Tumor mutational burden (TMB) status, a biomarker for multiple myeloma (MM) treatment, may be significantly inflated for Black patients compared with white patients, according to a study published in npj Precision Oncology.
High TMB status is a U.S. Food and Drug Administration approved biomarker for treatment with PD-1 inhibition. According to the authors, “The most accurate TMB estimate requires patient-paired germline sequencing to filter out non-somatic variants. However, since patient germline DNAs (e.g. peripheral blood) are not routinely collected in clinic for germline analysis, TMB is often calculated from tumor-only sequencing relying on public germline variant databases to filter out non-somatic polymorphisms.”
To assess potential racial bias deriving from the use of public databases, the investigators compared TMB estimates from germline exome sequencing data to estimates calculated using data from the 1000 Genomes Project and Exome Aggregation Consortium. Genomic sequencing data was collected from 701 patients with newly diagnosed MM enrolled in the Multiple Myeloma Research Foundation CoMMpassSM study, including 126 (18%) self-reported Black patients and 575 (82%) self-reported white patients.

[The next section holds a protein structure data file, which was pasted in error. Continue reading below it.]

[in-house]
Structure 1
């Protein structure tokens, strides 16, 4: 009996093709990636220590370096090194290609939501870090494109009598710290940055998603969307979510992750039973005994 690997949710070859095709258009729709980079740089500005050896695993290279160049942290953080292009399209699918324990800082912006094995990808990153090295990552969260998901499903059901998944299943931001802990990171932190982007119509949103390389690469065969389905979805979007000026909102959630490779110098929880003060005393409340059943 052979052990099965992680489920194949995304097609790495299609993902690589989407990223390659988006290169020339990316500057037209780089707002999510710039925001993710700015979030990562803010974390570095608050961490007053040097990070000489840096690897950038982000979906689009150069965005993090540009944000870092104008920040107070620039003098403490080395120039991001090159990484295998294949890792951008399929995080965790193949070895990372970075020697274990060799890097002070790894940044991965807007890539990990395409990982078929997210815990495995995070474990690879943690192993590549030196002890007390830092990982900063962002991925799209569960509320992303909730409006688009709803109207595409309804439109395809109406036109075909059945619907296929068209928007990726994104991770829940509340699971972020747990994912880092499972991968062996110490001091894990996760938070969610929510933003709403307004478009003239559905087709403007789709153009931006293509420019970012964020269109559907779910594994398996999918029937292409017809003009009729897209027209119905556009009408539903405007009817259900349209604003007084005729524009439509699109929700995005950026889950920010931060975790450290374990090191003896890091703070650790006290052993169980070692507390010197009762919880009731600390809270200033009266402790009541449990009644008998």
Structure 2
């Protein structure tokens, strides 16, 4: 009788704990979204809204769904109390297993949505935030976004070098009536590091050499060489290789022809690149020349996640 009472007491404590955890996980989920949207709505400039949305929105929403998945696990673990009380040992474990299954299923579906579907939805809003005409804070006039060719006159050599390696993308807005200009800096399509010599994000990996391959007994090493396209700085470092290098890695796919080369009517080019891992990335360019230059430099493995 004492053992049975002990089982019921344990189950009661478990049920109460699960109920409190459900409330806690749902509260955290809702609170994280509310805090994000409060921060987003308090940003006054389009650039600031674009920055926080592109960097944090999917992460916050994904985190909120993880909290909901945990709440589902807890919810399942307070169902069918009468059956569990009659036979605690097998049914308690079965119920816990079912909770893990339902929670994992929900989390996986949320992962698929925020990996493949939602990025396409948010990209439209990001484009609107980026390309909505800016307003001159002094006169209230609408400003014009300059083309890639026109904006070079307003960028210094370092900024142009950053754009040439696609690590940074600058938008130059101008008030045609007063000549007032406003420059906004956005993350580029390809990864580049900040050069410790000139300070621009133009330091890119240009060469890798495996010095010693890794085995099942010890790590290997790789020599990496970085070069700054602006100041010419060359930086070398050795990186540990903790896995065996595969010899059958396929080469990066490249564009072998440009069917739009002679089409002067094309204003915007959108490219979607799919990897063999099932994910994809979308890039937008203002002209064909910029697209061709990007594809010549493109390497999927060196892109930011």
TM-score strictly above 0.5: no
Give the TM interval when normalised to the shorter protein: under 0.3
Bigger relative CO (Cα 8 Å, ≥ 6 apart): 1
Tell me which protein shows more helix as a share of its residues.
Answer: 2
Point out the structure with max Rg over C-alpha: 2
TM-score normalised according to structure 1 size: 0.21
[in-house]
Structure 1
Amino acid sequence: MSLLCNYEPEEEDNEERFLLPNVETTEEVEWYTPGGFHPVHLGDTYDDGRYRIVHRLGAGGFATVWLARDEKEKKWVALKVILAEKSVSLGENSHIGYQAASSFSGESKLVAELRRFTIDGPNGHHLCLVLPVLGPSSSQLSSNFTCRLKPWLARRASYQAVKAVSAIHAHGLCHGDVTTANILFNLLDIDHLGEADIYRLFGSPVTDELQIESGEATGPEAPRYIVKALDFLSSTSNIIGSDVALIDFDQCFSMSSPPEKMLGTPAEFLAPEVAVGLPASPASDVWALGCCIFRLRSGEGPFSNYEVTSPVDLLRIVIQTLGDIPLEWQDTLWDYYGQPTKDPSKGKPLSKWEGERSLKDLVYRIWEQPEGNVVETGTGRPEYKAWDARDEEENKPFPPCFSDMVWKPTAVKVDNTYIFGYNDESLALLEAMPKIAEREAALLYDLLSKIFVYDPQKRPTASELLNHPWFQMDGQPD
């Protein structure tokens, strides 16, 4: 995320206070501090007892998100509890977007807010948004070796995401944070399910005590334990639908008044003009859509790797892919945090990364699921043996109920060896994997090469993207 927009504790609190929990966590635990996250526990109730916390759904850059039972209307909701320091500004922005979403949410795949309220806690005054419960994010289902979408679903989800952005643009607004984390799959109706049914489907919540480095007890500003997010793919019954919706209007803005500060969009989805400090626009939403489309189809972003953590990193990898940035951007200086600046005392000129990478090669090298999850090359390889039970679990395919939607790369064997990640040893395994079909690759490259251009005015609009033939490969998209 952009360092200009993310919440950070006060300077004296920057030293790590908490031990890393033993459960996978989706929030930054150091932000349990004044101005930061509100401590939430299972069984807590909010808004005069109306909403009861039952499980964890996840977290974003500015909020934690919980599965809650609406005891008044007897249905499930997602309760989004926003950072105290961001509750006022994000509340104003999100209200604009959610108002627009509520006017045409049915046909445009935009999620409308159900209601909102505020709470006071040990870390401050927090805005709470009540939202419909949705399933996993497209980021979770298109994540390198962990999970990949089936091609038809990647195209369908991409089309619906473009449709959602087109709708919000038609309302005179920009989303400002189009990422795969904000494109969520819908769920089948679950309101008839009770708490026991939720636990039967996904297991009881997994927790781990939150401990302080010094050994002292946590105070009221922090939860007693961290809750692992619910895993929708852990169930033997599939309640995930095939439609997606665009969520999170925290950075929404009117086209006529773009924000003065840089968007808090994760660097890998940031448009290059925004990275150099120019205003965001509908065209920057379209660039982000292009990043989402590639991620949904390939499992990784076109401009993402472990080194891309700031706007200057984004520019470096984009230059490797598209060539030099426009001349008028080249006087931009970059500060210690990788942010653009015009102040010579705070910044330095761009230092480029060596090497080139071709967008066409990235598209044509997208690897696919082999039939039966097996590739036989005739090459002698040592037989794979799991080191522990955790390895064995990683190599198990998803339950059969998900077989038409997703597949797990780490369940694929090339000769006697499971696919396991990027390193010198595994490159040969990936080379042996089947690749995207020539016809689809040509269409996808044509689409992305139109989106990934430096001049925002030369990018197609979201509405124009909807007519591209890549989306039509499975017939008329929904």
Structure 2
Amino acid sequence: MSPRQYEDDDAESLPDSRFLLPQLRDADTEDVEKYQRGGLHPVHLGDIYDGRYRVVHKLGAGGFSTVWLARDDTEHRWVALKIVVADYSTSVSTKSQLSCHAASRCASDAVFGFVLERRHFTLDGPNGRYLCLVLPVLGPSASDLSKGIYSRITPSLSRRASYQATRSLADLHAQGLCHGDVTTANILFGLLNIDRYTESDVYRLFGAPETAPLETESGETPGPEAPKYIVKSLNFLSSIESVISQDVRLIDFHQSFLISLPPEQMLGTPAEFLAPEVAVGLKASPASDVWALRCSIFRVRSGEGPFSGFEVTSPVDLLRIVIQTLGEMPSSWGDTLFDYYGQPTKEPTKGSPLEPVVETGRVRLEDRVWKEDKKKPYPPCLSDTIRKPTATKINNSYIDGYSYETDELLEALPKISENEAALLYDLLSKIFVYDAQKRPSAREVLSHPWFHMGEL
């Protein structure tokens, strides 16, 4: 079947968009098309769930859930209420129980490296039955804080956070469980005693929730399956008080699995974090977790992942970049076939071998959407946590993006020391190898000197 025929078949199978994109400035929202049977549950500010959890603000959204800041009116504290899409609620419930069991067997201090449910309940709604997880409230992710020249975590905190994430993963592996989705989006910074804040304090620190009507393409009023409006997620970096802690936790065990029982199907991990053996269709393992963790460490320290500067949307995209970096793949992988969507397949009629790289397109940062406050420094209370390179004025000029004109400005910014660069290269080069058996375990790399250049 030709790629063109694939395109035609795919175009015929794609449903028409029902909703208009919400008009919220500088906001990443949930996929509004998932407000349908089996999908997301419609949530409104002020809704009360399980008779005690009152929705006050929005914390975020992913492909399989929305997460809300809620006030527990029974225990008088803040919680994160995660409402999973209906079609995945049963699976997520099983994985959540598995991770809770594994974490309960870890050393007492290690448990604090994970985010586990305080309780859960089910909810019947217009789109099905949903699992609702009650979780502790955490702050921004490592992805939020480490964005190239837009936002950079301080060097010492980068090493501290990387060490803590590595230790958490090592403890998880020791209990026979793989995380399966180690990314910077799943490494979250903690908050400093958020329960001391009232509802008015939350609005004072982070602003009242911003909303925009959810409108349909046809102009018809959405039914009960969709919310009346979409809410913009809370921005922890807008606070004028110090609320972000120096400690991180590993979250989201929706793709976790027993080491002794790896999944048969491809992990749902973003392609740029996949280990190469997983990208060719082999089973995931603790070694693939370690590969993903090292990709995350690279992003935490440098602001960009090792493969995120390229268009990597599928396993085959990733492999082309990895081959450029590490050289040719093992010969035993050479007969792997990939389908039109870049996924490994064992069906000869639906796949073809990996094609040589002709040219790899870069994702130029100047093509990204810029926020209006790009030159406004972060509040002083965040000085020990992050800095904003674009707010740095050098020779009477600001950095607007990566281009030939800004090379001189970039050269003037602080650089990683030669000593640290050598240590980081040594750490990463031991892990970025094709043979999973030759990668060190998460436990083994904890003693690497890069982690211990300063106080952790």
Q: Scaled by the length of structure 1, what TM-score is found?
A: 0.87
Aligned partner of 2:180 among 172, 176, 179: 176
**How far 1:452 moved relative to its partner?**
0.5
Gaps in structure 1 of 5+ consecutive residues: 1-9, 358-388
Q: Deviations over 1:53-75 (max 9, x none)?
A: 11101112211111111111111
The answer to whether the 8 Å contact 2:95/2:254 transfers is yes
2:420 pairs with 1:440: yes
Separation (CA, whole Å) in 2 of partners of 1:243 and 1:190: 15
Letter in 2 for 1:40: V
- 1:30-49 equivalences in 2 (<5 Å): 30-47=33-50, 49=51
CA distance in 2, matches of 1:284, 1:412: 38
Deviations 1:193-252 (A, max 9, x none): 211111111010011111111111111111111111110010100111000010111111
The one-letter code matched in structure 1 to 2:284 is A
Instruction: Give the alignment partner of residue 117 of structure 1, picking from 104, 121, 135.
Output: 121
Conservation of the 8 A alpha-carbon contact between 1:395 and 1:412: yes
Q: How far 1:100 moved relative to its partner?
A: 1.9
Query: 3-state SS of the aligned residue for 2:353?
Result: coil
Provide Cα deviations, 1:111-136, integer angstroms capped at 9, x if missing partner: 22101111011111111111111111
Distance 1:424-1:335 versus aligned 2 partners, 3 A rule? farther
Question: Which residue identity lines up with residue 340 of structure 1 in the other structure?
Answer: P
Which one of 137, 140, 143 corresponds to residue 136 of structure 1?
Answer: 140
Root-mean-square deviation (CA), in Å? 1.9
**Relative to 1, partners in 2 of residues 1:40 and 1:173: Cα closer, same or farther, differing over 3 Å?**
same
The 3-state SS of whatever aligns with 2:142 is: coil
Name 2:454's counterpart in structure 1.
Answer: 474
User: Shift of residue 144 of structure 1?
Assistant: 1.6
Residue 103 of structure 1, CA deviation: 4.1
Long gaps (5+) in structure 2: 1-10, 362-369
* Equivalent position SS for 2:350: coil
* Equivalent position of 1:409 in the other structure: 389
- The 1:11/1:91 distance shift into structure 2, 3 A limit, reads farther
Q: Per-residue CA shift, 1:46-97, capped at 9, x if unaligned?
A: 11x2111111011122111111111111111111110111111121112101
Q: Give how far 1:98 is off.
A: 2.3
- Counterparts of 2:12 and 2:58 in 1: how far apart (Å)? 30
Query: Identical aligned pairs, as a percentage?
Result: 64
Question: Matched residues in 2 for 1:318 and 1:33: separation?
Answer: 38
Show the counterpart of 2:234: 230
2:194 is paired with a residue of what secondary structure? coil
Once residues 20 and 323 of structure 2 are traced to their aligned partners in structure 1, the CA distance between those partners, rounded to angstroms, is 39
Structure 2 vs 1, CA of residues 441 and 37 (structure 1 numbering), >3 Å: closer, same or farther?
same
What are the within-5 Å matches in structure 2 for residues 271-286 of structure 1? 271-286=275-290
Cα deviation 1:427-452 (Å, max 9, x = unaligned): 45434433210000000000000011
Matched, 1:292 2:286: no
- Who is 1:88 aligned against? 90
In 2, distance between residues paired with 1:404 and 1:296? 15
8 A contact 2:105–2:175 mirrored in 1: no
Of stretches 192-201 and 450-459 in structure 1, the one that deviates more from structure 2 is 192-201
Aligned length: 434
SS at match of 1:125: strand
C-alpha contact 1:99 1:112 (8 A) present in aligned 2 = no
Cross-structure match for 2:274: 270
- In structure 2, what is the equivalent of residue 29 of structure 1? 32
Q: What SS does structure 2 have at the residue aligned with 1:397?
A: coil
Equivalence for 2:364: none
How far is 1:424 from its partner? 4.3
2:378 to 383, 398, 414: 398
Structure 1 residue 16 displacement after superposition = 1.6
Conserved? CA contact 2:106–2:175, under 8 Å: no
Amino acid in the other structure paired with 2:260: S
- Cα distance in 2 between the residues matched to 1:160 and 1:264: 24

TMB estimates using patient germline sequencing data were comparable Black and white patients (mean TMB, 6.09 vs. 5.47, respectively). However, when non-somatic filtering was conducted based on public databases, overall TMB estimates were significantly higher for all patients. In addition, TMB estimates for Black patients were significantly inflated compared to white patients.
“Clinicians who rely on TMB calculated from tumor-only sequencing as a biomarker for patient selection to receive ICIs need to be aware of the potential for inflated TMB values, especially in patients who are under-represented in the public genetic variant databases,” wrote the authors in conclusion.